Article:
The white working class is ‘declining,’ here’s why

By JobsFOXBusiness

US economy in focus as job growth slows in May

FOX Business’ Kristina Partsinevelos, Heritage Foundation’s Steve Moore, Kingsview Asset Management’s Scott Martin and Layfield Report CEO John Layfield discuss a survey that U.S. companies added the fewest jobs in nine years.

The U.S. economy may be strengthening, but there is one sect of the labor force for whom measures of economic well-being are deteriorating – the white working class.

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According to researchers at the St. Louis Federal Reserve, between 1989 and 2016 the number of white working-class families declined, along with their share of income and wealth. This change is unique among the major socioeconomic groups.

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“Today, the white working class is greatly diminished. Alone among major socioeconomic groups defined by race, ethnicity and college degree status, the white working class shrank not only as a share of the population but even in absolute numbers over the past two decades. Their long-term economic and financial declines are even steeper” researchers wrote.

In 1989, white families accounted for 55 percent of all working class families, but by 2016 their share had declined 13 percentage points. Over the same time period, the total income share of white working class families declined to 27 percent from 45 percent.

Among the five measures used to track well-being – family income, family wealth, the share of a group that is made up of homeowners, marriage or cohabitation rates and share reporting good or excellent health – the white working class declined in all categories. While total share of income and wealth declined among whites, it also declined disproportionately relative to their share of the total population.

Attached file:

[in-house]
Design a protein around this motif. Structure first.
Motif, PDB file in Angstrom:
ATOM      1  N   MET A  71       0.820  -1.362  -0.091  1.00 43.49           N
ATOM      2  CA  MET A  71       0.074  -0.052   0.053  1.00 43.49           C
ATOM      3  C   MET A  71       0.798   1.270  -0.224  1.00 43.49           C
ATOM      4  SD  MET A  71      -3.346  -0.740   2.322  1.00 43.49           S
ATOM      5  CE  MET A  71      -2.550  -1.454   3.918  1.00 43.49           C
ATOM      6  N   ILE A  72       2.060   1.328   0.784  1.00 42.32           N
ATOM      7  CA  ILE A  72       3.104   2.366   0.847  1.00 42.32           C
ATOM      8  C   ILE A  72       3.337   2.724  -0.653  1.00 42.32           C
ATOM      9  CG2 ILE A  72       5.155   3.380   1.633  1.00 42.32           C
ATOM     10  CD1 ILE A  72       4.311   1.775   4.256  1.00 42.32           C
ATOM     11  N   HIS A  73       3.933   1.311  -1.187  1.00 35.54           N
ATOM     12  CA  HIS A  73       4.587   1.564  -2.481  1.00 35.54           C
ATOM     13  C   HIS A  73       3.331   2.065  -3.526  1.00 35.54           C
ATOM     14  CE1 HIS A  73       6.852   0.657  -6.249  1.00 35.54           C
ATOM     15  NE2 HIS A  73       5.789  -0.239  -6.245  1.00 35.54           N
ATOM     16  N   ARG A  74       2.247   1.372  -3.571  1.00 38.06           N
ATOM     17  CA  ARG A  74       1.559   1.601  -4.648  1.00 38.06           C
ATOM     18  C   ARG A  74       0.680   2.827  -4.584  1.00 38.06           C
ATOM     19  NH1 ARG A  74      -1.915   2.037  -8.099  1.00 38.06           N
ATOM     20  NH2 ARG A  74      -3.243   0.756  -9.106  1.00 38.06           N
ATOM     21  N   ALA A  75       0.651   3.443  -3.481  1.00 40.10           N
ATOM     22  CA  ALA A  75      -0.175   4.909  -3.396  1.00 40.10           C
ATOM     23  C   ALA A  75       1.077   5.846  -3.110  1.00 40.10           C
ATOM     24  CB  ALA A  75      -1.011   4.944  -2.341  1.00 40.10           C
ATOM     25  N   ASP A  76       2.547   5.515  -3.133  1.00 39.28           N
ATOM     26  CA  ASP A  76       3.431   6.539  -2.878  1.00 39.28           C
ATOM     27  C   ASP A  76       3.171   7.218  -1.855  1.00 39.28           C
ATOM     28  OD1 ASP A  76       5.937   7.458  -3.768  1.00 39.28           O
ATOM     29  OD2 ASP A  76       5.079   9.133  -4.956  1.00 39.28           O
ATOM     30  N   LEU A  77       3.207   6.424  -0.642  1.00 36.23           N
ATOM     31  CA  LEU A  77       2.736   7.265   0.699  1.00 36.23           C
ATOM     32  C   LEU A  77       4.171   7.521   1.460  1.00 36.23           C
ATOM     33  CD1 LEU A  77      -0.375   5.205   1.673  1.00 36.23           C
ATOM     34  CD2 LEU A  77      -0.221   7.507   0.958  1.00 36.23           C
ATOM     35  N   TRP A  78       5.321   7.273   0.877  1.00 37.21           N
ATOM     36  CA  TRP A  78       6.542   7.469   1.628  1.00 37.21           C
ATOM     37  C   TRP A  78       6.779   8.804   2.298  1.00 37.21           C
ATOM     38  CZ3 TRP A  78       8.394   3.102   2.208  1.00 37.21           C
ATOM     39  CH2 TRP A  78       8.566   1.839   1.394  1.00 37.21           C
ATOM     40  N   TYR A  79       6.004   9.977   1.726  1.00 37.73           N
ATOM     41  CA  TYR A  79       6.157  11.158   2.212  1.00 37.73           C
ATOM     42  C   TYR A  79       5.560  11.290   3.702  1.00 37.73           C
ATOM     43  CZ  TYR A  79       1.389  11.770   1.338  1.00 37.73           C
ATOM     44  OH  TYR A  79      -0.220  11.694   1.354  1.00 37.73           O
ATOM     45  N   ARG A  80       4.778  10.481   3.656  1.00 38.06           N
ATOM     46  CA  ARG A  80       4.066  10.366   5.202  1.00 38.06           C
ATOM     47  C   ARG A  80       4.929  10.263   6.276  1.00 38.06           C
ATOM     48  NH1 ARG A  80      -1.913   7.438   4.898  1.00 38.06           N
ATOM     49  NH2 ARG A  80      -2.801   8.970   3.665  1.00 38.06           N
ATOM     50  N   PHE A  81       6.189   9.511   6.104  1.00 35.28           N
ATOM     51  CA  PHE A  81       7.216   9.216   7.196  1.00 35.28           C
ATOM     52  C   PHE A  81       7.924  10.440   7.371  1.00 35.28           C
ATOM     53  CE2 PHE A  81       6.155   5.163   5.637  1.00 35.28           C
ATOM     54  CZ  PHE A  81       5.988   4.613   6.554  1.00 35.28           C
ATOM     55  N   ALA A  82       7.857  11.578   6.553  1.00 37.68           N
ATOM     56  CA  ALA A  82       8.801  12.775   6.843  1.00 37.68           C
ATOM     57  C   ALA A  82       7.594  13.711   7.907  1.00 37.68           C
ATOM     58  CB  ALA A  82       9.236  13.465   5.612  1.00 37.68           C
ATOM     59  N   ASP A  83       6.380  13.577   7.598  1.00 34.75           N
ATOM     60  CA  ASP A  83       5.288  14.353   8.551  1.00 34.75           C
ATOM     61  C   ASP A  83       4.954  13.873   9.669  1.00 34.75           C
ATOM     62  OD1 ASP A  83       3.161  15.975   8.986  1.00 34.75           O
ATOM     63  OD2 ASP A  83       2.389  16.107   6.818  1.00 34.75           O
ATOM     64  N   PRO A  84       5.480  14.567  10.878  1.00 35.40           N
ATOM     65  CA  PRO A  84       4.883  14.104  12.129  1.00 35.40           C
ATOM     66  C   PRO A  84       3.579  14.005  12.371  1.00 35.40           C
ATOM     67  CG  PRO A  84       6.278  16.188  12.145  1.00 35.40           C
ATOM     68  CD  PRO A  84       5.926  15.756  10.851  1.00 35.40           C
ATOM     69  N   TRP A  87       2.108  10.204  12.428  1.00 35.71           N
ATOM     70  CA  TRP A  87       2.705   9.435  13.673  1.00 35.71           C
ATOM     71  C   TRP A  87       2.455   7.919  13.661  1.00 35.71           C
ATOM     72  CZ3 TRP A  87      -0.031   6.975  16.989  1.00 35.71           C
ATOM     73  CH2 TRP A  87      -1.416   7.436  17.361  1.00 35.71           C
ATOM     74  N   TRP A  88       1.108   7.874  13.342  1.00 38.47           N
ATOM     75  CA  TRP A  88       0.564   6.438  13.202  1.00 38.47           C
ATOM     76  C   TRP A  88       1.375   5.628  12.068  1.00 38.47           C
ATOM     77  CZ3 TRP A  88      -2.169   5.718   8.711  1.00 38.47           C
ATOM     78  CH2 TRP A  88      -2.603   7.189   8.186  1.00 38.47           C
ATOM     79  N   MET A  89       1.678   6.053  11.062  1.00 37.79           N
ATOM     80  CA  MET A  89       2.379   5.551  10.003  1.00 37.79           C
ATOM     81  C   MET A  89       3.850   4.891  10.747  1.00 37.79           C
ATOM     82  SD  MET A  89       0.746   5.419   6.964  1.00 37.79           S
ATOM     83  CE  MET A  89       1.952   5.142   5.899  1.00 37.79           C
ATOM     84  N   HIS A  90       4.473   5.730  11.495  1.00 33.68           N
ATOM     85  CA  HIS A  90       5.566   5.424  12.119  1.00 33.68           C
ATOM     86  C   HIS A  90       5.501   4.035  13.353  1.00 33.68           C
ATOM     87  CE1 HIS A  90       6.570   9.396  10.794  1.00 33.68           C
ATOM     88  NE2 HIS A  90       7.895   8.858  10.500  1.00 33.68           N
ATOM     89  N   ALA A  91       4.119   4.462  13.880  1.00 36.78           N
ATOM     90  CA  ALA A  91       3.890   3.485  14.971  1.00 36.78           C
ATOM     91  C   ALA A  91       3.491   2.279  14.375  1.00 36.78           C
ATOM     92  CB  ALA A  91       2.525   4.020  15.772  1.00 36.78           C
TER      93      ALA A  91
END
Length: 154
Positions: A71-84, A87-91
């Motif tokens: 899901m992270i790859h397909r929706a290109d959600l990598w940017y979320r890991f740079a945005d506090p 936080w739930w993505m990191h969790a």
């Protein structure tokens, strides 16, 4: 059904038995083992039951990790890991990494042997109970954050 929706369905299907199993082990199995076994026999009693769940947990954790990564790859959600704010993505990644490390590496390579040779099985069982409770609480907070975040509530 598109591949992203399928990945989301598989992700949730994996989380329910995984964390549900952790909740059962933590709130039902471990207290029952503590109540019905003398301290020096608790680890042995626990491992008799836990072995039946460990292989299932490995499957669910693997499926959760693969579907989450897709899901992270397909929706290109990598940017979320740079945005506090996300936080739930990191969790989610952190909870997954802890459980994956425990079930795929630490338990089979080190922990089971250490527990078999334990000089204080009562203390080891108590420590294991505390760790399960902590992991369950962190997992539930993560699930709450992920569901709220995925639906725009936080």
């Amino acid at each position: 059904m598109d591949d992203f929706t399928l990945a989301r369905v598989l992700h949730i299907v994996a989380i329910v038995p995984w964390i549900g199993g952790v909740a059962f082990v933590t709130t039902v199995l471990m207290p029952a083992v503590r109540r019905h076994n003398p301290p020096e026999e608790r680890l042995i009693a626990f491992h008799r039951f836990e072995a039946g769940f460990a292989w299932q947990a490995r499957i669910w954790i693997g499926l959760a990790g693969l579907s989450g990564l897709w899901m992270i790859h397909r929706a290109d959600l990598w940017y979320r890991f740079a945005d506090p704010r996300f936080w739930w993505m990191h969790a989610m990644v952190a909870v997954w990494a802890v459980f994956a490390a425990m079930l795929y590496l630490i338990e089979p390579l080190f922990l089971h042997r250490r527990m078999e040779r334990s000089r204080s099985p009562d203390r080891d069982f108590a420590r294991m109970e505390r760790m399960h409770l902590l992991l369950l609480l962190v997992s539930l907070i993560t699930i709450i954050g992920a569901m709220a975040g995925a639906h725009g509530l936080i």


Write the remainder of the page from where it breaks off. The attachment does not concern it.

Whites on the whole, however, have not been adversely affected. Researchers say white college graduates are “thriving.” The gap between the median income of white working class families and white college-educated families has grown, while the corresponding gaps among other ethnicities shrank. Non-graduate families, however, made up about 66 percent of all families in 2016.

The white working class is still the largest demographic group.

So what has driven the decline?

“We suggest the broad-based decline that is unique to the white working class may be due in part to the group’s loss over time of advantages it once enjoyed relative to those of nonwhite working classes,” researchers wrote.

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Those advantages included more years of education and plentiful high-paying jobs available in their communities. Additionally, minorities are experiencing less discrimination in the workplace. That in turn, has increased competition for jobs.

“As these advantages eroded, income, wealth and other measures of well-being also may have weakened,” the report said.